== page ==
“I believe homosexual acts between two individuals are immoral and that we should not condone immoral acts,” Pace said in a wide-ranging discussion with Tribune editors and reporters in Chicago. “I do not believe the United States is well served by a policy that says it is OK to be immoral in any way.
Okay Peter, but what about homosexual acts between three or more individuals?
“As an individual, I would not want [acceptance of gay behavior] to be our policy, just like I would not want it to be our policy that if we were to find out that so-and-so was sleeping with somebody else’s wife, that we would just look the other way, which we do not. We prosecute that kind of immoral behavior,” Pace said.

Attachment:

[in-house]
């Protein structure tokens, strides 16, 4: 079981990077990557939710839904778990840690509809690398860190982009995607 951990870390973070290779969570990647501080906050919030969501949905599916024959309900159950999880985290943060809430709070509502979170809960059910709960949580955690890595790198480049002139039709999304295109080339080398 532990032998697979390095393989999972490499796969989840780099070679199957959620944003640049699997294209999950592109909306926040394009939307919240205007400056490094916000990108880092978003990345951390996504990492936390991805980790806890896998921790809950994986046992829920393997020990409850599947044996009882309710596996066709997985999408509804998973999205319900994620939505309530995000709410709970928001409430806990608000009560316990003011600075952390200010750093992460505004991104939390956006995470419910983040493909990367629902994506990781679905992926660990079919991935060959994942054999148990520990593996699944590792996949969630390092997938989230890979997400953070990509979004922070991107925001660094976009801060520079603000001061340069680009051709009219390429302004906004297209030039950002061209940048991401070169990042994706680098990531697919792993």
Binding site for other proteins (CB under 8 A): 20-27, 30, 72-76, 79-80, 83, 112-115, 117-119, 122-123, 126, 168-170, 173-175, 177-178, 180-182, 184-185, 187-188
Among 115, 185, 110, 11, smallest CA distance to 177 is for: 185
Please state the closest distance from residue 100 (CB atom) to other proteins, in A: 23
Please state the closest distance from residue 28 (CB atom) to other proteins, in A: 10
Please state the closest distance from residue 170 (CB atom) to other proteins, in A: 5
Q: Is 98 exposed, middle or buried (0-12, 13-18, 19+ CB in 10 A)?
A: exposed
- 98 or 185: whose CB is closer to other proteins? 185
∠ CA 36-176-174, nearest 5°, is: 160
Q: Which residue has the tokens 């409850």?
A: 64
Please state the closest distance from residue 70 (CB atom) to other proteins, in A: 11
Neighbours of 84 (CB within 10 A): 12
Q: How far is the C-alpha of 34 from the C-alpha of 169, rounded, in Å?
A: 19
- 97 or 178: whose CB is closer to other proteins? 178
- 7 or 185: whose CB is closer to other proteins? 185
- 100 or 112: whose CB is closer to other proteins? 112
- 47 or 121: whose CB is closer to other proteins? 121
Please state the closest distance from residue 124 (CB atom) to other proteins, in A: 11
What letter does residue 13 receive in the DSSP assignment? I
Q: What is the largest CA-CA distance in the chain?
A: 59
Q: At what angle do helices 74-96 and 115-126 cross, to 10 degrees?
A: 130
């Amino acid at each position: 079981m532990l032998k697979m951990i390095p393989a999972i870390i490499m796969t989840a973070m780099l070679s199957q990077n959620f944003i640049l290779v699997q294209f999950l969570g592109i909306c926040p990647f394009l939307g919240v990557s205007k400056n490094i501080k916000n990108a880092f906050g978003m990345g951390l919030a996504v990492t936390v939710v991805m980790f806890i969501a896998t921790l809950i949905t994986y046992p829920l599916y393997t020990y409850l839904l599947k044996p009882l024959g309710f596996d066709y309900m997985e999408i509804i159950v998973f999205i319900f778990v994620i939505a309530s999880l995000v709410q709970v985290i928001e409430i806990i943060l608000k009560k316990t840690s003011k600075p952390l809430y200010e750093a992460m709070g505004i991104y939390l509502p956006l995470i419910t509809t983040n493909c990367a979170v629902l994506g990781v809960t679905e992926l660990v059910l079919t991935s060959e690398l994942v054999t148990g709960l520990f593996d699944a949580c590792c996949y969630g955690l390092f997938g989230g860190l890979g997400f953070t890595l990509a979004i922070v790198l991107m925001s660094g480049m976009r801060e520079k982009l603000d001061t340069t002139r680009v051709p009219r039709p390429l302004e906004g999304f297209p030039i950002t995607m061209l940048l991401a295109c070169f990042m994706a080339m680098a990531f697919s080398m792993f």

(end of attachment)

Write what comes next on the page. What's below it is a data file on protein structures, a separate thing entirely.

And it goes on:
Still, this seems to be in line with what many in the military think…
Charles Moskos, a military sociologist at Northwestern University who was instrumental in helping the Pentagon craft the “don’t ask, don’t tell” law, said it is unusual for a top commander to use morality as a justification for the policy. But he said he has repeatedly heard enlisted members use that reasoning when opposing gays in the military.
“With the enlisted, it’s a question of cohesion, but morality is something they always bring up,” said Moskos, who declined to comment specifically on Pace’s remarks.
I wonder if there’s a correlation between having a religious upbringing and serving in the military. Anybody have any data?